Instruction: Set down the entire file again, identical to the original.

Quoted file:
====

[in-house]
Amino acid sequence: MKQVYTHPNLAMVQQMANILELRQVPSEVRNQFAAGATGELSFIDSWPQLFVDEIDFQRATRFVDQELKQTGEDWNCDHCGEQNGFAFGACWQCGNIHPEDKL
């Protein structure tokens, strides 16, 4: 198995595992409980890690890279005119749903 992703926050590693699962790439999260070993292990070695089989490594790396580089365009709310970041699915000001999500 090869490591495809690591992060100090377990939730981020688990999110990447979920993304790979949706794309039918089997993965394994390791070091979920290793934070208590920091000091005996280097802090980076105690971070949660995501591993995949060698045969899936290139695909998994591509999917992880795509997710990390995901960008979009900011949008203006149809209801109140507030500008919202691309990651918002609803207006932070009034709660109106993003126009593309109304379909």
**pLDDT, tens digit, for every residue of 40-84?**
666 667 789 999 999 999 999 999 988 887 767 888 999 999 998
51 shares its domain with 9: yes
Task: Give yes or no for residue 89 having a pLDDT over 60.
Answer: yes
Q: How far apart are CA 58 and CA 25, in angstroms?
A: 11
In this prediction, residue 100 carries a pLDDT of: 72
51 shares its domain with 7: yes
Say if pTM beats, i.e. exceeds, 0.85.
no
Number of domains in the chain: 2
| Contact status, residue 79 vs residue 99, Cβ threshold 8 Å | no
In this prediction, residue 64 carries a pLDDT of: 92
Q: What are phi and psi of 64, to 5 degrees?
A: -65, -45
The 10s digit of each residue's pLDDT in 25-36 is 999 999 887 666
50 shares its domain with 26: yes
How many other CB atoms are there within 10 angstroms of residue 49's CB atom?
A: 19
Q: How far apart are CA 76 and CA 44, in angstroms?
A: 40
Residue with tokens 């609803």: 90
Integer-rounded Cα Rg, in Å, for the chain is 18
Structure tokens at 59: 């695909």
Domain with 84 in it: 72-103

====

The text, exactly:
[in-house]
Amino acid sequence: MKQVYTHPNLAMVQQMANILELRQVPSEVRNQFAAGATGELSFIDSWPQLFVDEIDFQRATRFVDQELKQTGEDWNCDHCGEQNGFAFGACWQCGNIHPEDKL
């Protein structure tokens, strides 16, 4: 198995595992409980890690890279005119749903 992703926050590693699962790439999260070993292990070695089989490594790396580089365009709310970041699915000001999500 090869490591495809690591992060100090377990939730981020688990999110990447979920993304790979949706794309039918089997993965394994390791070091979920290793934070208590920091000091005996280097802090980076105690971070949660995501591993995949060698045969899936290139695909998994591509999917992880795509997710990390995901960008979009900011949008203006149809209801109140507030500008919202691309990651918002609803207006932070009034709660109106993003126009593309109304379909």
**pLDDT, tens digit, for every residue of 40-84?**
666 667 789 999 999 999 999 999 988 887 767 888 999 999 998
51 shares its domain with 9: yes
Task: Give yes or no for residue 89 having a pLDDT over 60.
Answer: yes
Q: How far apart are CA 58 and CA 25, in angstroms?
A: 11
In this prediction, residue 100 carries a pLDDT of: 72
51 shares its domain with 7: yes
Say if pTM beats, i.e. exceeds, 0.85.
no
Number of domains in the chain: 2
| Contact status, residue 79 vs residue 99, Cβ threshold 8 Å | no
In this prediction, residue 64 carries a pLDDT of: 92
Q: What are phi and psi of 64, to 5 degrees?
A: -65, -45
The 10s digit of each residue's pLDDT in 25-36 is 999 999 887 666
50 shares its domain with 26: yes
How many other CB atoms are there within 10 angstroms of residue 49's CB atom?
A: 19
Q: How far apart are CA 76 and CA 44, in angstroms?
A: 40
Residue with tokens 């609803």: 90
Integer-rounded Cα Rg, in Å, for the chain is 18
Structure tokens at 59: 């695909």
Domain with 84 in it: 72-103